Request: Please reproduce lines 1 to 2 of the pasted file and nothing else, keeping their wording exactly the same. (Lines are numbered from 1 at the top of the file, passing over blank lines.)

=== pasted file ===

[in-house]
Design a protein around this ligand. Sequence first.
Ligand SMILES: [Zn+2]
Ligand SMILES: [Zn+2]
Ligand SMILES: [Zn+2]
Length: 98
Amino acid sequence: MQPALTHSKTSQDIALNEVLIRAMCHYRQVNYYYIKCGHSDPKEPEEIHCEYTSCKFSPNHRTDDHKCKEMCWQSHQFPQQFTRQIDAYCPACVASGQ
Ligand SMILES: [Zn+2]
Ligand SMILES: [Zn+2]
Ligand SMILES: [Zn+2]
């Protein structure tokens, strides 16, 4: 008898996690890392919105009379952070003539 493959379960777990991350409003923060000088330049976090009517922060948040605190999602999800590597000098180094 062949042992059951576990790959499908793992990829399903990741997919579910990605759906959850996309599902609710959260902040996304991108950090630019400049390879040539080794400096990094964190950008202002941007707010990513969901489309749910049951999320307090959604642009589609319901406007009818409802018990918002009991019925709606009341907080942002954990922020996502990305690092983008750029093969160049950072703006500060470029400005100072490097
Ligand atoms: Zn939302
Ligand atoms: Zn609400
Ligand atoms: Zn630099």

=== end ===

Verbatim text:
[in-house]
Design a protein around this ligand. Sequence first.